At the beginning of The Long Ryders’ concert Friday night at the Pearl Street Warehouse, lead singer Sid Griffin urged the crowd, “Please come forward so we have something to play to.”
Sid Griffin is an acclaimed musician and music journalist based in London. From 1984-87, he led The Long Ryders, who emerged out of the Paisley Underground to become one of the first alternative-country bands, before the term even existed. Final Wild Songs, a compilation of the band’s albums with additional, new live material, released in 2016, received a rare five-star review from Allmusic.
After a 30-year hiatus, the band reunited to record the well-received Psychedelic Soul, released earlier this year. In a turn of good karma, the band’s old roadie, now working as Dr. Dre’s PA, got the band a week at the rap mogul’s studio. In a way, it’s fitting: the Ryders make politically charged, insurgent country-rock.
Sid has written for Mojo, Q, NME, Rock ‘n’ Reel, and the Manchester Guardian. An expert on Gram Parsons, he has published Gram Parsons: A Musical Biography, and co-authored the BBC television documentary Gram Parsons: Fallen Angel. He has also written two books about Bob Dylan, Million Dollar Bash: Bob Dylan, The Band, and The Basement Tapes, and Shelter From The Storm.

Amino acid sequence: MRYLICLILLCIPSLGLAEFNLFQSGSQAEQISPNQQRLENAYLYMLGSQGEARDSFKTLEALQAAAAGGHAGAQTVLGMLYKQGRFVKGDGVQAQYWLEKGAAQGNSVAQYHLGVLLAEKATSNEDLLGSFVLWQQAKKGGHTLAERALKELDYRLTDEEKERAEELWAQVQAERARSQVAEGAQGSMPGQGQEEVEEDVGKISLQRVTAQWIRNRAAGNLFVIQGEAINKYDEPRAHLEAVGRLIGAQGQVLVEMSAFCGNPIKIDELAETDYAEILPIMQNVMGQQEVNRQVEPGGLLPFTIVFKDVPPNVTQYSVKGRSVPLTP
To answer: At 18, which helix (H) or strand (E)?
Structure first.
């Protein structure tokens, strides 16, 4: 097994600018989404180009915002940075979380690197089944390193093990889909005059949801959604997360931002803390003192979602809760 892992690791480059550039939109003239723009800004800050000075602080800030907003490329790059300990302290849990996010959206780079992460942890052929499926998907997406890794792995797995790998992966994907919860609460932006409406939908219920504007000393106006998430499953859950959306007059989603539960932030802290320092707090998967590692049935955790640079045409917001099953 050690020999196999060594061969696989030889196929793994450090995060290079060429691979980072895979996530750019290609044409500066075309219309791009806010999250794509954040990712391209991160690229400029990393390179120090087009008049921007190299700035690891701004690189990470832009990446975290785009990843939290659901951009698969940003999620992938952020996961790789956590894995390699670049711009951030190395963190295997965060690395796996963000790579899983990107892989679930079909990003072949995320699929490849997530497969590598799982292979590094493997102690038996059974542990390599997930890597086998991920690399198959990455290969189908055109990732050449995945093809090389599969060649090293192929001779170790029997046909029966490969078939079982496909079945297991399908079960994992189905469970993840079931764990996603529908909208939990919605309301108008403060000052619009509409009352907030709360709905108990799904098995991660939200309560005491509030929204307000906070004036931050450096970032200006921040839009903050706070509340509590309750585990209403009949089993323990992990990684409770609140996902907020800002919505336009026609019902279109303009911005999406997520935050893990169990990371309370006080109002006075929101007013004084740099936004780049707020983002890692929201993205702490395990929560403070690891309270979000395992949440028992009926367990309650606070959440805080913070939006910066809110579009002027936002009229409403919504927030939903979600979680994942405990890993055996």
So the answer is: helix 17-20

In addition to his work with The Long Ryders, Sid has recorded and performed with the Coal Porters and as a solo artist. Mark Engleson of Parklife DC talked to Sid about all of this and more prior to a performance by The Long Ryders at Pearl Street Warehouse on Friday, Sept. 20.
The Dream Syndicate played often at the original 9:30 Club in the ‘80s, a memory that prompted frontman Steve Wynn to call the outfit “the house band” for a time. On Friday, Steve was pleased to find himself back in DC with a 9:30 Club Production with his finely tuned and reformed band.